‘Populism is now mainstream in right-wing politics’. That is the clear-sighted view of Gordon Bajnai, the former prime minister of Hungary who has emerged bloodied, but unbowed, from a brutal general election that was won by the right. It is an unashamedly European perspective, but one that is useful for looking at the United Kingdom Independence party and the Tories. It is easy to see the current split on the right as a big win for progressives. In the short term that is true, a divided right will lose to a united left. But in the long term the Tories will survive, changed but maybe strengthened.
This is the real warning from Europe – the right is changing in ways that are populist but also popular, and which are antithetical to progressive politics. Bajnai is pointing out a new right-wing playbook, a kind of ‘solidarity of nationalism’. One that openly identifies ‘the other’ as undeserving and more covertly makes cuts fall on the shoulders of non-voters. A poisonous ‘insider v outsider’ politics. Cameron and Osborne have drawn on this populism already in mobilising opinion against migrants and benefit claimants.
Is there an answer to this? Well, Bajnai observed that populism is politics without policy, but that the equal and opposite failing of the left technocracy is policy without politics. What the centre-left need to do is go back to the future and reclaim old-fashioned social democratic solidarity so we can share the pain of austerity and share the gains of growth. As Bajnai put it – ‘we are in this together, we laugh and cry together.’
This was discussed at a session of the Amsterdam conference ‘Making Progressive Politics Work’, organised by the Center for American Progress, the United Kingdom’s Policy Network and the Dutch Labour party thinktank the Wiardi Beckman Stichting.
The overall conference was a sustained engagement with the politics of successfully defeating the populism of the right and winning the coming electoral battles. But there was also an attempt – finally – to come to terms with the legacy of the third way. What have we learned, both positively and negatively?
It has been the bane of progressives that the era of Clinton, Blair and Schroder has been defined as one that accepted – in varying forms – a neo-liberal consensus. This is nonsense. Dangerous when propagated by our enemies and pernicious when promulgated by our friends. The reality is that the third way challenged and smashed the Reagan and Thatcher consensus and got people back to work, renewed the public sphere and restored education to centre stage in politics.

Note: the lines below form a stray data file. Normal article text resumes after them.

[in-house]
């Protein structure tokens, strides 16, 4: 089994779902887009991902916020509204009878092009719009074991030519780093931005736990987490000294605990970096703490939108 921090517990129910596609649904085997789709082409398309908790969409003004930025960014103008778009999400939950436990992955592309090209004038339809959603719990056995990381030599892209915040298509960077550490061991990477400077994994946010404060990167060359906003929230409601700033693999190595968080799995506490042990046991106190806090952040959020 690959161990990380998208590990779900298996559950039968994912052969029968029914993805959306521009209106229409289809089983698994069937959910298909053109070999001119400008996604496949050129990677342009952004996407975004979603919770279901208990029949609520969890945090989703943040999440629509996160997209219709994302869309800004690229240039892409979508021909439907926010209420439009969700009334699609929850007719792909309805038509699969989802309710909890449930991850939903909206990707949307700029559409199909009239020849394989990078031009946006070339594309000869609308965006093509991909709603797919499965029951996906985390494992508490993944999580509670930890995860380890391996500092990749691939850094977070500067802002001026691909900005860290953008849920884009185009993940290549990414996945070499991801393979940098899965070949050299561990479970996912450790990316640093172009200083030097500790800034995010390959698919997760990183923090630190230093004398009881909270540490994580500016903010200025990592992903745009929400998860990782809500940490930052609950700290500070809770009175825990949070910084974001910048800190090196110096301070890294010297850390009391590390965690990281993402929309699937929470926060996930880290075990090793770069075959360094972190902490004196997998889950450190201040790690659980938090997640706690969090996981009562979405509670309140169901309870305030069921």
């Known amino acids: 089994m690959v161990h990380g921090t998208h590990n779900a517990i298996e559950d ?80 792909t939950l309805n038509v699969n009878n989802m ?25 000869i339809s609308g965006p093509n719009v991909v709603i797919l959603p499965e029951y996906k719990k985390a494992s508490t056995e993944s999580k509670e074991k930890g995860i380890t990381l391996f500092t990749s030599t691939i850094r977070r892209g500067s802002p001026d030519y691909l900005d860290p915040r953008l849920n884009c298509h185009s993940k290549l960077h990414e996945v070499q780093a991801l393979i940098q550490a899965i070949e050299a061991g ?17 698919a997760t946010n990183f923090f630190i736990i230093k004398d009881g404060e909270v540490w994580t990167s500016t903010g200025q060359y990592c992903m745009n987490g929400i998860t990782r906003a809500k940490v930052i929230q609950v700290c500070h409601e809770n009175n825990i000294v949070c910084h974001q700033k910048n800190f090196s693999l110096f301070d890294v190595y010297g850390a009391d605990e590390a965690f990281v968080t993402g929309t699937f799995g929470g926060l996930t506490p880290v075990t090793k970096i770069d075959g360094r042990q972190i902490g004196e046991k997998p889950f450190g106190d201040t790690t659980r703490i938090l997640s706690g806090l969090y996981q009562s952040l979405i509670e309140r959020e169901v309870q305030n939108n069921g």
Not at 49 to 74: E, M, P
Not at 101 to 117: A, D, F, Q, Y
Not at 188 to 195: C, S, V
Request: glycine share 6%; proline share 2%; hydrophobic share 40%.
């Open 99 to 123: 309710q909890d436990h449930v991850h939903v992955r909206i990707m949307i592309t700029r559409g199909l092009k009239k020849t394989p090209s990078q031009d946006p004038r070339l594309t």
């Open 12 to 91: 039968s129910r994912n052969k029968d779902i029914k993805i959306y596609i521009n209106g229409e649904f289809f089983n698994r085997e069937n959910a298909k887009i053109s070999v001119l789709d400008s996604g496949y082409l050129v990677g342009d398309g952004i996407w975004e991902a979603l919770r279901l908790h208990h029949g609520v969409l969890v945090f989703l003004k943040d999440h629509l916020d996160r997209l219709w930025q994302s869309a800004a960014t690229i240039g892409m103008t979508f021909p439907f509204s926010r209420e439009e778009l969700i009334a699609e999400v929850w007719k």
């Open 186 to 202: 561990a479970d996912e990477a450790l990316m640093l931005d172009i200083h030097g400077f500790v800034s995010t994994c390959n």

The greatest achievements of the third way were to create a space for progressive ideas and change and to provide a leadership with energy, hope and belief. The third way was for its time – but those achievements are ones we should never throw away.
‘I’m just a folk singer, not a composer.’ That was Governor Martin O’Malley’s description of his willingness to take ideas from any source and adapt them for the state of Maryland which he leads. That is a pretty good description – and defence – of what we do at international conferences. We describe our own challenges and listen to others describing theirs. We listen and learn. We argue and disagree. And we plagiarise. After all, we are internationalists. Helpfully, Policy Network have published a handbook of ideas on ‘Making Progressive Politics Work‘.
John McTernan is former political secretary at 10 Downing Street and was director of communications for former prime minister of Australia Julia Gillard. He writes The Last Word column on Progress and tweets @johnmcternan
Photo: Center for American Progress
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